Let’s talk! Qualitatively exploring communication about blood pressure self-monitoring between patients and health professionals
Home monitoring is an effective intervention to help control BP. Despite the popularity of self-monitoring of blood pressure (SMBP) with patients, and its endorsement in hypertension guidelines worldwide, previous research indicates that most people self-initiate SMBP with little consultation with a HCP. In the current literature the impact of SMBP within the doctor-patient consultation is underexplored. This qualitative study aimed to understand the process of communication relating to SMBP between patients and health care professionals (HCPs).
Purposefully selected patients were recruited from the West Midlands region to represent variation on age, sex, deprivation status (based on GP practice postcode), and self-monitoring experience from both Primary and Secondary Care. Primary care patients and HCPs were former participants of the TASMINH2 randomised controlled trial (RCT). Thirteen focus groups (9 patient, 4 HCPs) (between 3-9 participants) plus 4 HCP interviews, n=66 (41 patients, 25 HCPs) were conducted. Interviews and focus groups (FGs) took place in general practices and at a teaching hospital hypertension clinic. Topic guides covering SMBP current practice, the role of the HCP (patient FGs) or relationship with patient (HCP FGs), and preferences for a standard and shortened self-monitoring protocol based on current national guidance, were used to stimulate discussion about SMBP with patients and health professionals. All FGs and interviews were recorded, transcribed verbatim and analysed by constant comparative method.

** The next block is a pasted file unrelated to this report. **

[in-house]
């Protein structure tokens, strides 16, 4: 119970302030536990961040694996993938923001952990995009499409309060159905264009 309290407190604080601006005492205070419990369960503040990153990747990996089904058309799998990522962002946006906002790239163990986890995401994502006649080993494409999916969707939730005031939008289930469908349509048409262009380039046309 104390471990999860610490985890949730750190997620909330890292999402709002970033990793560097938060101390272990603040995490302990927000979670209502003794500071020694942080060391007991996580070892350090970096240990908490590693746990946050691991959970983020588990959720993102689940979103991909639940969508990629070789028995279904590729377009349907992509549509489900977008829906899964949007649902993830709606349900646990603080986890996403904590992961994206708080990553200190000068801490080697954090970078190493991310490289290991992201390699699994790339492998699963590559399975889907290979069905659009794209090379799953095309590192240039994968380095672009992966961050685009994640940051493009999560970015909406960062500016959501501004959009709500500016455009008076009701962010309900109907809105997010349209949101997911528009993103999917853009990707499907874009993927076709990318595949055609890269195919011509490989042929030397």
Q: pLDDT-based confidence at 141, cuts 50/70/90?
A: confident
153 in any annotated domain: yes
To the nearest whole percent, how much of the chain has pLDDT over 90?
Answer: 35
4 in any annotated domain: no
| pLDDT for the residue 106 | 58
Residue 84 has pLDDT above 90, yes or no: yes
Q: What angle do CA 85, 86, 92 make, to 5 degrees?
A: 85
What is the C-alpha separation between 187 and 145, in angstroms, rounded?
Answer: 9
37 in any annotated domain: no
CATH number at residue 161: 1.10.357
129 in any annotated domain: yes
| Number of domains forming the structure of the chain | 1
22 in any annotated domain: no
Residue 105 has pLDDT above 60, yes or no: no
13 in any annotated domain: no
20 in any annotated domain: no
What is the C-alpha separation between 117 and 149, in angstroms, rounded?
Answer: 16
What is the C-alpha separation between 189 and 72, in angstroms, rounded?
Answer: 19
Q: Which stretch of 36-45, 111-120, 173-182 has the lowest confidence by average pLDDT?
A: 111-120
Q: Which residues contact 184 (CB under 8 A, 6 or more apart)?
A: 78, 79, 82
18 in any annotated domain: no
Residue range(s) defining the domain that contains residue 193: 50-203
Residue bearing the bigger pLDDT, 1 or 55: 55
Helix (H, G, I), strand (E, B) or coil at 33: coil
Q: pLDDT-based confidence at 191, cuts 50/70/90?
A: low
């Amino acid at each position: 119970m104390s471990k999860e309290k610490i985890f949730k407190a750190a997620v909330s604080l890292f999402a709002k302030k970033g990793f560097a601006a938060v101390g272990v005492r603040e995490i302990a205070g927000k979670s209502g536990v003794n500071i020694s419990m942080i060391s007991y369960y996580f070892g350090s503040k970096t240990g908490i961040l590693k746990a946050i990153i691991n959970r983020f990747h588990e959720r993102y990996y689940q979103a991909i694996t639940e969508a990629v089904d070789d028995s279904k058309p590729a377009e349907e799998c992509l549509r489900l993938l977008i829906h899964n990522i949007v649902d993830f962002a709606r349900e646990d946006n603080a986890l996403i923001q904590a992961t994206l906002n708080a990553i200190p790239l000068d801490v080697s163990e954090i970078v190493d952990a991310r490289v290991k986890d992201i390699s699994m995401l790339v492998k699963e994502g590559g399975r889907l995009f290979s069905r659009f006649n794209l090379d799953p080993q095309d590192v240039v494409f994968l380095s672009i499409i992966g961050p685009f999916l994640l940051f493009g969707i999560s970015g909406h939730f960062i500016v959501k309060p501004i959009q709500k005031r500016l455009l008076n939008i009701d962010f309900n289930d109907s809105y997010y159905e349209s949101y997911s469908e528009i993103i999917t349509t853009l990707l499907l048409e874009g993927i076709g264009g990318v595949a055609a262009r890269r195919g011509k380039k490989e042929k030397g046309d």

Three distinct themes emerged: ‘Lost in translation?’ describes the dialogue, or lack of, between doctors and patients on SMBP; ‘Misaligned views of home monitoring’ describes the confusion experienced by patients and HCPs alike around recommendations for home BP monitoring and ‘Protecting home space’ describes the different environments of the patient and HCP and factors in those environments that impact on a patient’s decision to self-monitor BP.
SMBP ideally would be discussed jointly between patient and HCP within a consultation. However, evidence from our FGs suggests this often does not happen, particularly in primary care, and even when SMBP was originally initiated through a RCT consented to by both patients and HCPs. The data collected here highlight several factors which orient around improving communication between HCP and patient before, during and after the period of SMBP. Behavioural insights into this process reveal the need to align patient and HCP views on self-monitoring so that it can be effectively used in the routine management of hypertension.